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Testosterone from 867 ng/dL to 440 ng/dL ???

by (30)
Updated about 2 hours ago
Created August 08, 2014 at 10:49 AM

I had a blood test in Ireland in 2012 and my testosterone was '30.1'. I have had a test recently (2014) and it is 15.3 nmol/l (Range 6.3-24.7).

I don't know what metric the test used in 2012 but if it is nmol/l my Testosterone levels have dropped by almost half???

What could the measurement be?

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4458 · August 09, 2014 at 10:45 PM

yep, no easy/one answer.

other than estradiol being implicated, there is dihydrotestosterone (dht) as well. both of these are converted from testosterone (afaik). so too high a conversion % or amount would be a risk factor i guess.

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4458 · August 09, 2014 at 10:37 PM

The '2012' lab will still have all your blood results on record. If you can, contact them & get them to post you out a copy of the test (& any other/all tests they have for you if desired).

Are you still in Ireland...?

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5 · August 09, 2014 at 1:23 PM

You have morning erections? You need up your carbs, with VLC I don't had morning erections but just after I introduced safe starches to my diet I fixed it, so you need more carbs or more calories if you are in a calories deficit, no morning erections = low testosterone.

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17344 · August 09, 2014 at 12:59 PM

If anything estrogens, especially in the form of estradiol, are far more implicated in initiating prostate cancer than testosterone:

http://www.ncbi.nlm.nih.gov/pmc/articles/PMC313422...

http://www.medscape.com/viewarticle/742985_2

http://www.lef.org/Health-Wellness/LECMS/PrintVers...

Please remove your foot from your mouth.

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8 · August 09, 2014 at 12:50 PM

I don't know much about the different ways of testing testosterone, but the point is that you shouldn't focus so much on that and rather focus on fixing what's causing it to be low (in your case depression).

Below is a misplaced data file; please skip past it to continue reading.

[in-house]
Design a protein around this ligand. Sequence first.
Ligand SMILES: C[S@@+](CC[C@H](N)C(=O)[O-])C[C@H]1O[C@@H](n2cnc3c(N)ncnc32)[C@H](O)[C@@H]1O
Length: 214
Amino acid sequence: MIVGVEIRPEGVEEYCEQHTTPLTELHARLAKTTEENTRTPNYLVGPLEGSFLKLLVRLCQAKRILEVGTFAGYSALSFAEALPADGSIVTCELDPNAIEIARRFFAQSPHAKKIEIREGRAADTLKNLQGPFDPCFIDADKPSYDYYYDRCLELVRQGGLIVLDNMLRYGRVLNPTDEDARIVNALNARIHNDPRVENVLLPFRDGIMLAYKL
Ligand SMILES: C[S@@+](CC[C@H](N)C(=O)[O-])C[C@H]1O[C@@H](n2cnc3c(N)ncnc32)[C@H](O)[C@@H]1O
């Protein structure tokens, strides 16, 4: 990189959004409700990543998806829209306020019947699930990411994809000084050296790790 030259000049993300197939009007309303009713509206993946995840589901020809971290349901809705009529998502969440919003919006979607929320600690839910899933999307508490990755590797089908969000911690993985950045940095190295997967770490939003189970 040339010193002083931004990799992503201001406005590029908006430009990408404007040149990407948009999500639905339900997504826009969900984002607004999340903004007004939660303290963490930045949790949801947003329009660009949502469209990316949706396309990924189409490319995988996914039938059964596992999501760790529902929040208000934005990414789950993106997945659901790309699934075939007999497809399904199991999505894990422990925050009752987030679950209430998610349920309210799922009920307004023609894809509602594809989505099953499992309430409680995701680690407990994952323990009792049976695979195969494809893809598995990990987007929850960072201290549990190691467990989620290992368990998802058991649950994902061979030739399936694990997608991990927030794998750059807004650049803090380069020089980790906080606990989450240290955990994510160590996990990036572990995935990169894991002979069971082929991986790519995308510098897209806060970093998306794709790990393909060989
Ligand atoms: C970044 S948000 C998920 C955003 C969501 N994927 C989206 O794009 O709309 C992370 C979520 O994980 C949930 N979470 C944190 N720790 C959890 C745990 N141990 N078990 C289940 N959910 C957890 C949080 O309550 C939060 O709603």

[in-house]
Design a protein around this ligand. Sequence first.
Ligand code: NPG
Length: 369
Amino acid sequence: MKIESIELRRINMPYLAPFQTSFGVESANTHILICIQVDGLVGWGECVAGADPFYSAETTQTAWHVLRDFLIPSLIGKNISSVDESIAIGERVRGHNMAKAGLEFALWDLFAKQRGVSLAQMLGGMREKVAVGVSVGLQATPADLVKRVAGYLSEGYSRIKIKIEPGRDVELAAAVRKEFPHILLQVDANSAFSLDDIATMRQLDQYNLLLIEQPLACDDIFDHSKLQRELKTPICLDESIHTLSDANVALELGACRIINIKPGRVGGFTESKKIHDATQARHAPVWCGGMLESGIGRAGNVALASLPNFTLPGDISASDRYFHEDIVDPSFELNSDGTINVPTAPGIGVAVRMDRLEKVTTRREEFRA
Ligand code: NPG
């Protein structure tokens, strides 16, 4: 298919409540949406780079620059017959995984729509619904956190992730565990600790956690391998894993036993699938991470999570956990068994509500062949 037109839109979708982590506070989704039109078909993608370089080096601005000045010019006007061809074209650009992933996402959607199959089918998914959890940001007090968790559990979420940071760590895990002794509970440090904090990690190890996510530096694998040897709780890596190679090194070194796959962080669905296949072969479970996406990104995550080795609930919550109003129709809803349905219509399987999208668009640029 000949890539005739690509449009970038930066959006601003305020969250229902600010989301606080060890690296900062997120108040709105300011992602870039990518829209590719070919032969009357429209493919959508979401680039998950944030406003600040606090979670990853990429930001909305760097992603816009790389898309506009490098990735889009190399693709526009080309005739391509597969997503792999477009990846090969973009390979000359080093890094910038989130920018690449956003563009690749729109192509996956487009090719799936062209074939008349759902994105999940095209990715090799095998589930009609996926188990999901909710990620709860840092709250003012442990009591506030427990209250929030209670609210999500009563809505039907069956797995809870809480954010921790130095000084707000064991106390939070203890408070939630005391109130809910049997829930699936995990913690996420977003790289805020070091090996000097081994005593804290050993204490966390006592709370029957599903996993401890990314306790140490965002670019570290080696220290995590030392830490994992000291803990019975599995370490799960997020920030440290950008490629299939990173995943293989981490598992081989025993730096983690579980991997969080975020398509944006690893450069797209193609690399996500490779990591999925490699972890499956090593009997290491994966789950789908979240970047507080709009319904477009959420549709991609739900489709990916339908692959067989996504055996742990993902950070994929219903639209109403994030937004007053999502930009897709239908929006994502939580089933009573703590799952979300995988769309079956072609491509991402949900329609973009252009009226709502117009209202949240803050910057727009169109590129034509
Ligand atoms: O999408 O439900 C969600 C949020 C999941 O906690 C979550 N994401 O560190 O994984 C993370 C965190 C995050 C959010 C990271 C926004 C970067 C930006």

Obsessing over the number itself and trying to fix it would be like worrying about acne when you only break out after a certain food. The solution would be to stop eating the food, rather than find a different skin care routine.

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30 · August 09, 2014 at 9:00 AM

I actually have had bouts of depression, this is part of my investigations. I would prefer to have higher T levels to be honest.

Is there any other blood metric that the 30.1 could have been?

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8 · August 09, 2014 at 2:51 AM

Since when does high testosterone in the absence of steroids cause prostate cancer? By your false logic, a sedentary person who has normal levels of testosterone increases their risk of cancer by beginning a resistance training program (thereby increasing their testosterone), which is nonsense.

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5 Answers

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17344 · August 12, 2014 at 12:24 AM

To raise it, you'll need to increase its natural substrate: cholesterol. Eat more saturated fats: egg yolks, butter, bacon, avocado, coconut oil. Be sure to get plenty of zinc and magnesium as well.

Keep your stress levels low, or cortisol will pull the classic "Pregnenolone steal" and prevent testosterone from being created.

To stimulate the creation of testosterone, you could supplement with tribulus terrestris and longjack (aka Tongkat Ali). But don't overdo it. You could also supplement with DHEA, though this is tricky and should be avoided.

If you've got a spare tire, sadly, fat contains an enzyme called aromatase which converts testosterone into estrodiol. To block the action of this enzyme you'd supplement with DIM and calcium-D-glucarate. Careful with DIM, it can turn off ATP production. There are other estrogen blockers out there, for example, resveratrol is one.